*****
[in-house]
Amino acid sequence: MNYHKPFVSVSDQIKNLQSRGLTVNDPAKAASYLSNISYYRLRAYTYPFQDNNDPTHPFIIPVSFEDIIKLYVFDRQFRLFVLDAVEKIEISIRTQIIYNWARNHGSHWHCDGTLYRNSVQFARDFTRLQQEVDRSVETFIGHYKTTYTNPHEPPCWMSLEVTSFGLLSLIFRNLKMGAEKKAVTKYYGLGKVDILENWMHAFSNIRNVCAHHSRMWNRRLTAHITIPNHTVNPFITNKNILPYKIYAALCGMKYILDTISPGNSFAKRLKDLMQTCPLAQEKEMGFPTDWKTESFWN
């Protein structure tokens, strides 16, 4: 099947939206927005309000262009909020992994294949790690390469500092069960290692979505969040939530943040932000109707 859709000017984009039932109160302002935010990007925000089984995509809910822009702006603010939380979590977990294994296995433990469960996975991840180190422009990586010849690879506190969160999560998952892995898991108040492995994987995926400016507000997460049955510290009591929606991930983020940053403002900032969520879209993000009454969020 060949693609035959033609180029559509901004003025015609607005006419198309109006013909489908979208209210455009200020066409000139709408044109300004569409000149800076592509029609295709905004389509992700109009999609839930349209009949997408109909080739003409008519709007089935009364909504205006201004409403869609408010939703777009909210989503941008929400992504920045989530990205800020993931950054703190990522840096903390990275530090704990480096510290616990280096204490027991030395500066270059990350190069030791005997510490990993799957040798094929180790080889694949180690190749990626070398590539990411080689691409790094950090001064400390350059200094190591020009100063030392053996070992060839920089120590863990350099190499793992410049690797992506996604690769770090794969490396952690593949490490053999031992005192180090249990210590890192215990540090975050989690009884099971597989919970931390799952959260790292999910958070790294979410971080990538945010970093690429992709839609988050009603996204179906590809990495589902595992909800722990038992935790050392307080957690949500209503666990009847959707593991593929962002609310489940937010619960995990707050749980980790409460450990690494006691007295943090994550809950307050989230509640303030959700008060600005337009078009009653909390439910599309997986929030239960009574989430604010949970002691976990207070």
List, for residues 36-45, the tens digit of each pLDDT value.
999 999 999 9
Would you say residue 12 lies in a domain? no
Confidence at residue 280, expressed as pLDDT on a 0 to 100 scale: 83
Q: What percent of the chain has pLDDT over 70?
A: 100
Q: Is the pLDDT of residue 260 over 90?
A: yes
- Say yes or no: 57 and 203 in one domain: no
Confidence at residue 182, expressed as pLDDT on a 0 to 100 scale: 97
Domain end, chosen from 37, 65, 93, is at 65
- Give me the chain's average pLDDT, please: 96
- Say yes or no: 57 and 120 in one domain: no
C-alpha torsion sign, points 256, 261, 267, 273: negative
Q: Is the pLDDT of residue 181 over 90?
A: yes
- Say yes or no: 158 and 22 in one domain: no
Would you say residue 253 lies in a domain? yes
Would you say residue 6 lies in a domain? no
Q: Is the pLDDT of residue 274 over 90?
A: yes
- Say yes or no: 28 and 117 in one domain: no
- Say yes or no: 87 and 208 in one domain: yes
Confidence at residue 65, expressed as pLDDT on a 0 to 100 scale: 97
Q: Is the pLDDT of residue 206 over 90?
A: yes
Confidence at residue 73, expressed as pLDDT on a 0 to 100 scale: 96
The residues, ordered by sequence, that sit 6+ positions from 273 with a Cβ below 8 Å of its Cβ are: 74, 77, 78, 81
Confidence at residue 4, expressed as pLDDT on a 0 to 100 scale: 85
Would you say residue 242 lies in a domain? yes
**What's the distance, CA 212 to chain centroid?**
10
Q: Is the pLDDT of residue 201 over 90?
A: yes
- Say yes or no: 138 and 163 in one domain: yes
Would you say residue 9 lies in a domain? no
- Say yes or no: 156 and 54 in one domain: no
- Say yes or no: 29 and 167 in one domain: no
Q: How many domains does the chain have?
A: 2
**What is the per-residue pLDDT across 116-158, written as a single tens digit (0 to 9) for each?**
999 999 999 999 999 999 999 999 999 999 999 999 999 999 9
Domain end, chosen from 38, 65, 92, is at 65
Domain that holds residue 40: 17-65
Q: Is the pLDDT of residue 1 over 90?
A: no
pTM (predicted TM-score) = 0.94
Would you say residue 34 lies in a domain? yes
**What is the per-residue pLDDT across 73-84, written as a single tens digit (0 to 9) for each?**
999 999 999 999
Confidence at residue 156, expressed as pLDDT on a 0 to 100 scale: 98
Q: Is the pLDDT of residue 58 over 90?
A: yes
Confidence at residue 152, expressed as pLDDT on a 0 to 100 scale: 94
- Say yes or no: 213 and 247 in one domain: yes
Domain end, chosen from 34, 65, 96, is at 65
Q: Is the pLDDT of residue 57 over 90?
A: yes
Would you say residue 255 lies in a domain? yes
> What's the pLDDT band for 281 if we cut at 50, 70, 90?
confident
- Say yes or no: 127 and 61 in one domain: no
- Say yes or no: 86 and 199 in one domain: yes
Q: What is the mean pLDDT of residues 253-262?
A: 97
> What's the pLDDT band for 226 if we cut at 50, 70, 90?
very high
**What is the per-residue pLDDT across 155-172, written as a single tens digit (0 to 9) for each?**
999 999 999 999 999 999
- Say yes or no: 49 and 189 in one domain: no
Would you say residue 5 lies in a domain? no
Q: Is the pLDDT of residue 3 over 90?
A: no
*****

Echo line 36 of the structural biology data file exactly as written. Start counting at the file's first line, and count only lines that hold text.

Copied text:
Q: Is the pLDDT of residue 201 over 90?